FAIRFIELD, Ohio — The tips come in a trickle, instead of flooding in. The searchers go out in handfuls, instead of by the hundreds. The national TV show cameras are long gone.
Police and other people in this southwest Ohio city say they aren't giving up in their quest to find out what happened to a young woman who's been missing for more than three months. It's a baffling disappearance that at first frightened, and now frustrates, people in a northern Cincinnati suburb of some 43,000 people that is dotted with subdivisions and a "Village Green" center. Violent crime is rare here — the last murder was in 2008.
"Where is she?" asked Donna Metz, 35, who lives near Markham's home and has searched dozens of times. "It's like an alien came down from space and took her."
Investigators are working the case on a nearly daily basis, police chief Mike Dickey said, with tips still coming in — though "99 percent" don't pan out. He told The Associated Press that police are getting help from FBI behavioral scientists and other experts and sources he wouldn't discuss. Police are also going back to earlier information "with fresh eyes" to see what leads can be developed.
Katelyn Markham was last seen by her fiance late the night of Aug. 13 at her two-story brick home in a row of townhouses, just off a busy road about a mile from police headquarters. The next evening, he said, she failed to respond to his text messages, so he went to her home, where he found her car, with her purse and other belongings inside, and her small dog locked inside a room in the house. There was no sign of a struggle, police say. Her fiance called 911.
Since then, there have been repeated mass searches of parks, woods, riversides, ponds and rural areas, with help from professional search teams, including the Texas EquuSearch group that helped look for Caylee Anthony in Florida and Alabama teenager Natalie Holloway in Aruba. A $25,000 reward was offered. Vigils and fundraising benefits were held. She has been featured on national TV shows and on myriad online sites, including Facebook pages devoted to the search.
But there's been no evidence that would allow police to determine what happened, Dickey said.
"We're drawn to a conclusion that it is more likely foul play than not," Dickey said. Police can't rule out that she left town without telling anyone, but her fiance and father have said repeatedly that would have been completely out of character for her, and Dickey said police are convinced it is unlikely for a young woman with a "good, wholesome, hard-working" reputation.
"When you look at the totality of circumstances here, looking at her lifestyle, her future plans, her background, her personality as described to us by friends, I think it's more likely that something happened to her, rather than her just taking a walk," Dickey said.
Police have interviewed the fiance, John Carter, among other people as "persons of interest." Dickey wouldn't say who has been eliminated and who hasn't as a potential suspect in the disappearance.
Carter took part in the early searches and was questioned on such national TV shows as Nancy Grace's on HLN. His words and actions have been dissected and critiqued on Facebook pages and by callers to shows. Some noted that he sometimes referred to Markham in past tense.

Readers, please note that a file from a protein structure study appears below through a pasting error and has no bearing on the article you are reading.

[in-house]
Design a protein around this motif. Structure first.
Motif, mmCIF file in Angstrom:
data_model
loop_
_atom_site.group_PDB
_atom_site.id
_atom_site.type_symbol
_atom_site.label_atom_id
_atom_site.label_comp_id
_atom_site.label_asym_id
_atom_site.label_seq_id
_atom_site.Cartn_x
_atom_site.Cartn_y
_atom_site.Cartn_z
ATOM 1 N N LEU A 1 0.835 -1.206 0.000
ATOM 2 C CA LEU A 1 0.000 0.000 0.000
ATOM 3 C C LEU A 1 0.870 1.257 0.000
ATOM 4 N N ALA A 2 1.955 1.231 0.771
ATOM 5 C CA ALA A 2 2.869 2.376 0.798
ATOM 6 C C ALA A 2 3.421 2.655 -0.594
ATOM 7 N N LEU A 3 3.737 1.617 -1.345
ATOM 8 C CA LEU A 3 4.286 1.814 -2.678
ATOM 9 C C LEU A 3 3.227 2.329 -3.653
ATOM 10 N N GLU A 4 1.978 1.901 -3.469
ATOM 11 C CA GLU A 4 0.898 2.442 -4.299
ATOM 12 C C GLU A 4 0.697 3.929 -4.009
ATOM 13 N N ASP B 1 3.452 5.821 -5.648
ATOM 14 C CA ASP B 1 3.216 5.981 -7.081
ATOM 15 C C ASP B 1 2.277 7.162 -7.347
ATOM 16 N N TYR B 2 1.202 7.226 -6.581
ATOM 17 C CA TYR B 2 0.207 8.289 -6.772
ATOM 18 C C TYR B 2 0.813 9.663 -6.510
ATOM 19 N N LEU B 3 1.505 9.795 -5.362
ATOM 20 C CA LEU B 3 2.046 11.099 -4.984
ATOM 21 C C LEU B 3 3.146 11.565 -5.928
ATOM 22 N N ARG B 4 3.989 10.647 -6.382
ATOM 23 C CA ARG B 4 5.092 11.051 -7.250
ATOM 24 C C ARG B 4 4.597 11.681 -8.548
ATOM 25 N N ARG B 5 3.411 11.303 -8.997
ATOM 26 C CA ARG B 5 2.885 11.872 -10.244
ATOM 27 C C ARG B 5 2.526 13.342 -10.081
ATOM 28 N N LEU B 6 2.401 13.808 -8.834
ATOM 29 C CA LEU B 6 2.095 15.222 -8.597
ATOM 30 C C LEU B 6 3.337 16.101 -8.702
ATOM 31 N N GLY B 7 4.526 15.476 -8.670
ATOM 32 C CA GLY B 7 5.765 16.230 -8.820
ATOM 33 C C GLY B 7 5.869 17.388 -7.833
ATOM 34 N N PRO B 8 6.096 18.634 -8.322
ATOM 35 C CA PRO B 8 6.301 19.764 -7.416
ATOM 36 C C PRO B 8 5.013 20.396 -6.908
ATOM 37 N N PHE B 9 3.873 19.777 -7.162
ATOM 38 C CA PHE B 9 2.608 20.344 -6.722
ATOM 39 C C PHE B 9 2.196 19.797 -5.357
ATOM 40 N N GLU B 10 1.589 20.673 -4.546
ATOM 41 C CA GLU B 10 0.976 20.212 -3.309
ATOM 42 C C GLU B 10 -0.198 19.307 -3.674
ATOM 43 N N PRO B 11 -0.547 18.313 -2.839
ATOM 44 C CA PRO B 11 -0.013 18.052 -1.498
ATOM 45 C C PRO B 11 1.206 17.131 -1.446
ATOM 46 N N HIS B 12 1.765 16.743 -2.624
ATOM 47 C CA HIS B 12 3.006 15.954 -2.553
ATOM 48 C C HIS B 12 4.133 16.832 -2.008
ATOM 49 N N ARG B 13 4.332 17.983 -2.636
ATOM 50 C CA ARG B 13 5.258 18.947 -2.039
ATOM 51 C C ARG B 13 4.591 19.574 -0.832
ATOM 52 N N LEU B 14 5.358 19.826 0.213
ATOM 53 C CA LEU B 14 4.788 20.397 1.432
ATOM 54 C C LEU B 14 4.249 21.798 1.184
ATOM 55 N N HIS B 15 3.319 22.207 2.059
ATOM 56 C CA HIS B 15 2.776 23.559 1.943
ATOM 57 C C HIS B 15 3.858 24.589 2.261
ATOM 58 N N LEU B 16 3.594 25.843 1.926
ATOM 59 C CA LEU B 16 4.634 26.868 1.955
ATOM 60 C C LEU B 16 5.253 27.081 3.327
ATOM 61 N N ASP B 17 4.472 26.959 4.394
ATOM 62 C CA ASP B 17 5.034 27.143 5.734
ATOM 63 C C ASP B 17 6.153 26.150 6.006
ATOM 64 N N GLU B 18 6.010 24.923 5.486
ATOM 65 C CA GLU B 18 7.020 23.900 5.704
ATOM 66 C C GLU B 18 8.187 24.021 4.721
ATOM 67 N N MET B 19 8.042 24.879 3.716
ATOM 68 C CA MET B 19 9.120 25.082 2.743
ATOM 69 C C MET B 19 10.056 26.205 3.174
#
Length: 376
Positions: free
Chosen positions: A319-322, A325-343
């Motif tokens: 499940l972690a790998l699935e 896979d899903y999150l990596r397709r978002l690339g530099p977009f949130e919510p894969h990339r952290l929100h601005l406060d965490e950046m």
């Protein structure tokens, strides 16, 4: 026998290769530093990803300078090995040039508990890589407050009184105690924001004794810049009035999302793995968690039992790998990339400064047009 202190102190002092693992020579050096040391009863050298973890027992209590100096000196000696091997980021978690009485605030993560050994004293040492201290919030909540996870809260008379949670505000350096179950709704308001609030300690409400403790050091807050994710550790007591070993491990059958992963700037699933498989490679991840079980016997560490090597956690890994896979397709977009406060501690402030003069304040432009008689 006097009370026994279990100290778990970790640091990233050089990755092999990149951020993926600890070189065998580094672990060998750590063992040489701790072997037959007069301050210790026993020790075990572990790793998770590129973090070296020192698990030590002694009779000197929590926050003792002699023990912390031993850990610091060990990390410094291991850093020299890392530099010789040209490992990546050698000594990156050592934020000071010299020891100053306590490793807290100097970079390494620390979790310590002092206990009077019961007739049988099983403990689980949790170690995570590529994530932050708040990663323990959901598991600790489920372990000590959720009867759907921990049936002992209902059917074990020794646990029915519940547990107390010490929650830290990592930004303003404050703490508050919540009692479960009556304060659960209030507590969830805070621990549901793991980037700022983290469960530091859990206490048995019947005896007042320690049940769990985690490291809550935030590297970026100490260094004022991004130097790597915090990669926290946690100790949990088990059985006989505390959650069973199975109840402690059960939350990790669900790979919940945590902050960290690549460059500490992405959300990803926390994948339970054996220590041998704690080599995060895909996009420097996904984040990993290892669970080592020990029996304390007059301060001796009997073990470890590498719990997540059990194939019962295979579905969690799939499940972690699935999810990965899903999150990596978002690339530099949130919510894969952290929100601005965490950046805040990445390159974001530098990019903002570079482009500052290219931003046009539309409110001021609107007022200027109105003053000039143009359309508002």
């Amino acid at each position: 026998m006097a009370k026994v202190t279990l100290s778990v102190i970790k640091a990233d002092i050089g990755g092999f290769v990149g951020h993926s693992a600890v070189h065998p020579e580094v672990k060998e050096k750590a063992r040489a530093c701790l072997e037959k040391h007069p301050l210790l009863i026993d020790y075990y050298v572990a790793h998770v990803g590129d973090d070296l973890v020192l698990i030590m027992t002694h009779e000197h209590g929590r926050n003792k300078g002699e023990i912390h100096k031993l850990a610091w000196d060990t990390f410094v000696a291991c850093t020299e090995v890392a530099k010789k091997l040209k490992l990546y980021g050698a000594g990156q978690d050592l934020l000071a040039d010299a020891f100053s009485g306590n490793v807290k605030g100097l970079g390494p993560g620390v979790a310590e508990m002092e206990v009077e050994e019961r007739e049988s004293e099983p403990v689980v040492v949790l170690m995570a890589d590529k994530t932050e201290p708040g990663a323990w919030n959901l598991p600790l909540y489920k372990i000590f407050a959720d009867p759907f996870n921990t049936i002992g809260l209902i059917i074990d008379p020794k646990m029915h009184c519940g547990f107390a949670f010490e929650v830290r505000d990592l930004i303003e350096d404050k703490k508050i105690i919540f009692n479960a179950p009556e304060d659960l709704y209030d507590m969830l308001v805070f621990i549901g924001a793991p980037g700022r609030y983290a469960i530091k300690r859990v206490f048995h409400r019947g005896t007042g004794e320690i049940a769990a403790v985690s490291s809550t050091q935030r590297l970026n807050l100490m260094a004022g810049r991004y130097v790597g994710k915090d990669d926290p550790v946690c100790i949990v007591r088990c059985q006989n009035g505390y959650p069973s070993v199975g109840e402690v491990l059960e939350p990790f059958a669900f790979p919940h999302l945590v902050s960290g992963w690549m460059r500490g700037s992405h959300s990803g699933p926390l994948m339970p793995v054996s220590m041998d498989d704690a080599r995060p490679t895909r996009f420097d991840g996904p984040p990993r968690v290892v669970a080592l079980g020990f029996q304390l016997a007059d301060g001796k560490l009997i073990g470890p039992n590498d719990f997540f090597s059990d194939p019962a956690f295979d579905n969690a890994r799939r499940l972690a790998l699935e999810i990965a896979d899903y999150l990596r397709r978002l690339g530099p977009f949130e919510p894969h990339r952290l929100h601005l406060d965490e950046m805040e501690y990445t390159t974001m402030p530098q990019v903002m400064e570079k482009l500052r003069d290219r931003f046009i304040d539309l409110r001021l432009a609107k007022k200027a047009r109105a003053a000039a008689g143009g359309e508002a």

"I just want to reiterate the fact that I just really want Katelyn home," Carter said on Grace's show Aug. 25. "That's all that matters to me. I don't care if people are, you know, talking about me. Whatever. As long as we're focused on Katelyn Markham and bringing Katelyn Markham home, that is all I want."
He didn't return a message for comment left Friday. Dickey said Carter, along with Markham's family and close friends, have been cooperative. Carter and Markham had been together for several years; she was an artist working two jobs and weeks away from earning her bachelor's degree, and they had said they planned to move to Colorado and eventually marry.
On any given day in the United States, tens of thousands of people are listed as missing. The majority are usually under age 20, mostly juveniles.
Dickey said Fairfield police have had 122 missing person calls this year. Only one is still active.
Police aren't doing ground searches for Markham now, though a dwindling number of volunteers such as Metz go out on weekends, sometimes with a diver to search ponds and other bodies of water.
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"Because she hasn't been found," replied Missy Hammond, 38, another regular volunteer. She stays active on a Facebook page for both Markham and Billy DiSilvestro, a 28-year-old Hamilton man reported missing since the night of the Super Bowl, Feb. 7. "I have three children of my own and if any of my children were missing, I would hope someone would be out there helping me."
Dickey, meanwhile, said the case is never far from the minds of police in his 60-person force. Markham is usually mentioned in daily shift reports, he said.
"There exists an emotional attachment. I know that for the investigators involved, or myself, we want to No. 1, find her; No. 2, find out what happened to her," he said. "And if the worst has happened, we want to speak for her in taking the perpetrator to justice. That's not just a professional desire. It becomes a mission."
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